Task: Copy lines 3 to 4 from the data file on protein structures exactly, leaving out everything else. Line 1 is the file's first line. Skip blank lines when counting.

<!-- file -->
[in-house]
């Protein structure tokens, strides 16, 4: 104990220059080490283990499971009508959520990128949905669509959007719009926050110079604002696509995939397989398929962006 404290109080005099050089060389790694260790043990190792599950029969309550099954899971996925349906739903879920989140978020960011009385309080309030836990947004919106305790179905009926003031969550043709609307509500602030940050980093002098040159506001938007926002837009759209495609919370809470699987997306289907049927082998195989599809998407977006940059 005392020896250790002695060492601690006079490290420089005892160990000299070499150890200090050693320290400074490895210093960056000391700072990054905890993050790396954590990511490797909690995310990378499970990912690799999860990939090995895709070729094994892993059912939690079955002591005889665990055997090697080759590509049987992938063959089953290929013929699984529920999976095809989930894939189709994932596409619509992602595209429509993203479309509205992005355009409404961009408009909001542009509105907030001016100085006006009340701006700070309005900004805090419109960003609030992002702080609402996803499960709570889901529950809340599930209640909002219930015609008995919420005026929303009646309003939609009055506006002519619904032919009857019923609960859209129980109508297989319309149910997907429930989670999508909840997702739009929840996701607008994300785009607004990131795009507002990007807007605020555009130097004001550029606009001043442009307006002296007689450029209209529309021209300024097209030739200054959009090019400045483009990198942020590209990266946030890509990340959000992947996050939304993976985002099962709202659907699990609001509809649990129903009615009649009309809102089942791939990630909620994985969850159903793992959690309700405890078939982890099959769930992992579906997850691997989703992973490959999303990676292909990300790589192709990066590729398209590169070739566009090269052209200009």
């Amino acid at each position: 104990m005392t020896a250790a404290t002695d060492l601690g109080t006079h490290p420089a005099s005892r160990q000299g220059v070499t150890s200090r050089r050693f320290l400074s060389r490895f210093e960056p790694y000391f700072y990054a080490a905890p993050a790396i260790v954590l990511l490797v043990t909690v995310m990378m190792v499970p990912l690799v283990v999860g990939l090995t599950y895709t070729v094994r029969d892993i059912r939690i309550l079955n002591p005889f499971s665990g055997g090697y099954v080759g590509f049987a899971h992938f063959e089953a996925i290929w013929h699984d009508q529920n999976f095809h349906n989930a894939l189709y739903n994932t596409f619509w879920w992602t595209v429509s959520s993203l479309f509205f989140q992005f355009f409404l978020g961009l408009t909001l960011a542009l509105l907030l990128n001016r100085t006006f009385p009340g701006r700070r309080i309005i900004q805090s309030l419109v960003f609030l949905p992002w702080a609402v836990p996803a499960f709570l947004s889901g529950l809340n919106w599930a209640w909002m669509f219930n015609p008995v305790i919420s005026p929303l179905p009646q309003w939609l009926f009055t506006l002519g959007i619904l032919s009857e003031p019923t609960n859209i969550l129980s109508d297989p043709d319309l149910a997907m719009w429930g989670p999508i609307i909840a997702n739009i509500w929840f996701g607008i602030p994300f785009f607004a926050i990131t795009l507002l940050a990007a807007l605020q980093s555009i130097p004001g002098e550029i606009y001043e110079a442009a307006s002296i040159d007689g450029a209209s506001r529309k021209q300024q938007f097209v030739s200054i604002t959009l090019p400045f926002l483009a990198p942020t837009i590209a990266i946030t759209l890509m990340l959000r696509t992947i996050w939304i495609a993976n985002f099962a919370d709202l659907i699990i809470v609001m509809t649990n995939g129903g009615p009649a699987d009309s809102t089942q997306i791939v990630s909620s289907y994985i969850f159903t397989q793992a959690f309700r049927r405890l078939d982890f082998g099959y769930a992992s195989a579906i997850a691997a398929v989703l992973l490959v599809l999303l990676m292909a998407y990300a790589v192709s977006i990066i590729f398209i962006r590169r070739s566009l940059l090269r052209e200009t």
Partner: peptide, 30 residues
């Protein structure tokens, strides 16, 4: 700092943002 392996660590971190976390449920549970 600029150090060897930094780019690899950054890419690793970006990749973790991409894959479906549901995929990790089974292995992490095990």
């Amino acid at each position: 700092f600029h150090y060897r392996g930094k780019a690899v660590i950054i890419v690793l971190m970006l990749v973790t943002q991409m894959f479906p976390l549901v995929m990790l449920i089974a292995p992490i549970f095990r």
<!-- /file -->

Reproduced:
């Amino acid at each position: 104990m005392t020896a250790a404290t002695d060492l601690g109080t006079h490290p420089a005099s005892r160990q000299g220059v070499t150890s200090r050089r050693f320290l400074s060389r490895f210093e960056p790694y000391f700072y990054a080490a905890p993050a790396i260790v954590l990511l490797v043990t909690v995310m990378m190792v499970p990912l690799v283990v999860g990939l090995t599950y895709t070729v094994r029969d892993i059912r939690i309550l079955n002591p005889f499971s665990g055997g090697y099954v080759g590509f049987a899971h992938f063959e089953a996925i290929w013929h699984d009508q529920n999976f095809h349906n989930a894939l189709y739903n994932t596409f619509w879920w992602t595209v429509s959520s993203l479309f509205f989140q992005f355009f409404l978020g961009l408009t909001l960011a542009l509105l907030l990128n001016r100085t006006f009385p009340g701006r700070r309080i309005i900004q805090s309030l419109v960003f609030l949905p992002w702080a609402v836990p996803a499960f709570l947004s889901g529950l809340n919106w599930a209640w909002m669509f219930n015609p008995v305790i919420s005026p929303l179905p009646q309003w939609l009926f009055t506006l002519g959007i619904l032919s009857e003031p019923t609960n859209i969550l129980s109508d297989p043709d319309l149910a997907m719009w429930g989670p999508i609307i909840a997702n739009i509500w929840f996701g607008i602030p994300f785009f607004a926050i990131t795009l507002l940050a990007a807007l605020q980093s555009i130097p004001g002098e550029i606009y001043e110079a442009a307006s002296i040159d007689g450029a209209s506001r529309k021209q300024q938007f097209v030739s200054i604002t959009l090019p400045f926002l483009a990198p942020t837009i590209a990266i946030t759209l890509m990340l959000r696509t992947i996050w939304i495609a993976n985002f099962a919370d709202l659907i699990i809470v609001m509809t649990n995939g129903g009615p009649a699987d009309s809102t089942q997306i791939v990630s909620s289907y994985i969850f159903t397989q793992a959690f309700r049927r405890l078939d982890f082998g099959y769930a992992s195989a579906i997850a691997a398929v989703l992973l490959v599809l999303l990676m292909a998407y990300a790589v192709s977006i990066i590729f398209i962006r590169r070739s566009l940059l090269r052209e200009t």
Partner: peptide, 30 residues